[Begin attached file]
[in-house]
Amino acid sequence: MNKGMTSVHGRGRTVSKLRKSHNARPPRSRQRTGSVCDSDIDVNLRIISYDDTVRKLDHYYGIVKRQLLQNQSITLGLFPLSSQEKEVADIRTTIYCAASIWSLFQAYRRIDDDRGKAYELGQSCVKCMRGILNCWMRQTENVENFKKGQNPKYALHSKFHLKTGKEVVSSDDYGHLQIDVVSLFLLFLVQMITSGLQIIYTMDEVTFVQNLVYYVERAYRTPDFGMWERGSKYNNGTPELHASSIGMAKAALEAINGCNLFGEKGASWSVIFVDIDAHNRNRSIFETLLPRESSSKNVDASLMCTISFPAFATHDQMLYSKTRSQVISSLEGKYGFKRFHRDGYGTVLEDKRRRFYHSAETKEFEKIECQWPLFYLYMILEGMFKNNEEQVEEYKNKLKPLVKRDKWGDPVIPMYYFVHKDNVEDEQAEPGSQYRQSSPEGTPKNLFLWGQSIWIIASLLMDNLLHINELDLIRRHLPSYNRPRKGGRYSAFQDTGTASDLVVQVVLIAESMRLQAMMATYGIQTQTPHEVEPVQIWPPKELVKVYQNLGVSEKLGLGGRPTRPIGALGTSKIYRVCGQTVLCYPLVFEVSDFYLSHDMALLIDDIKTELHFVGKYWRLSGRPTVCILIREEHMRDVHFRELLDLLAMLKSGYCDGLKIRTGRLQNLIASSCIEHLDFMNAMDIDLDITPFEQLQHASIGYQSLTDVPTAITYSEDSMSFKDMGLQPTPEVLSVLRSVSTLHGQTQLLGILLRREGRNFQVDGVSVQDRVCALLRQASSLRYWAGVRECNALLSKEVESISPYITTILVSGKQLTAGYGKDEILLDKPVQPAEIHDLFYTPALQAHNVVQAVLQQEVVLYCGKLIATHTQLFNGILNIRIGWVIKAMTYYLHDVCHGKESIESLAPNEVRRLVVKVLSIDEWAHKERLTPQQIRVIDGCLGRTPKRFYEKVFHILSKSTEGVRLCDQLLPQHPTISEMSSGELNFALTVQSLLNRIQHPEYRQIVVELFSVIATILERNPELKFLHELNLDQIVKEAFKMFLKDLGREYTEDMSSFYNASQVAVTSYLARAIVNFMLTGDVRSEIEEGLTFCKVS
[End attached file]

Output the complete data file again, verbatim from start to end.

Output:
[in-house]
Amino acid sequence: MNKGMTSVHGRGRTVSKLRKSHNARPPRSRQRTGSVCDSDIDVNLRIISYDDTVRKLDHYYGIVKRQLLQNQSITLGLFPLSSQEKEVADIRTTIYCAASIWSLFQAYRRIDDDRGKAYELGQSCVKCMRGILNCWMRQTENVENFKKGQNPKYALHSKFHLKTGKEVVSSDDYGHLQIDVVSLFLLFLVQMITSGLQIIYTMDEVTFVQNLVYYVERAYRTPDFGMWERGSKYNNGTPELHASSIGMAKAALEAINGCNLFGEKGASWSVIFVDIDAHNRNRSIFETLLPRESSSKNVDASLMCTISFPAFATHDQMLYSKTRSQVISSLEGKYGFKRFHRDGYGTVLEDKRRRFYHSAETKEFEKIECQWPLFYLYMILEGMFKNNEEQVEEYKNKLKPLVKRDKWGDPVIPMYYFVHKDNVEDEQAEPGSQYRQSSPEGTPKNLFLWGQSIWIIASLLMDNLLHINELDLIRRHLPSYNRPRKGGRYSAFQDTGTASDLVVQVVLIAESMRLQAMMATYGIQTQTPHEVEPVQIWPPKELVKVYQNLGVSEKLGLGGRPTRPIGALGTSKIYRVCGQTVLCYPLVFEVSDFYLSHDMALLIDDIKTELHFVGKYWRLSGRPTVCILIREEHMRDVHFRELLDLLAMLKSGYCDGLKIRTGRLQNLIASSCIEHLDFMNAMDIDLDITPFEQLQHASIGYQSLTDVPTAITYSEDSMSFKDMGLQPTPEVLSVLRSVSTLHGQTQLLGILLRREGRNFQVDGVSVQDRVCALLRQASSLRYWAGVRECNALLSKEVESISPYITTILVSGKQLTAGYGKDEILLDKPVQPAEIHDLFYTPALQAHNVVQAVLQQEVVLYCGKLIATHTQLFNGILNIRIGWVIKAMTYYLHDVCHGKESIESLAPNEVRRLVVKVLSIDEWAHKERLTPQQIRVIDGCLGRTPKRFYEKVFHILSKSTEGVRLCDQLLPQHPTISEMSSGELNFALTVQSLLNRIQHPEYRQIVVELFSVIATILERNPELKFLHELNLDQIVKEAFKMFLKDLGREYTEDMSSFYNASQVAVTSYLARAIVNFMLTGDVRSEIEEGLTFCKVS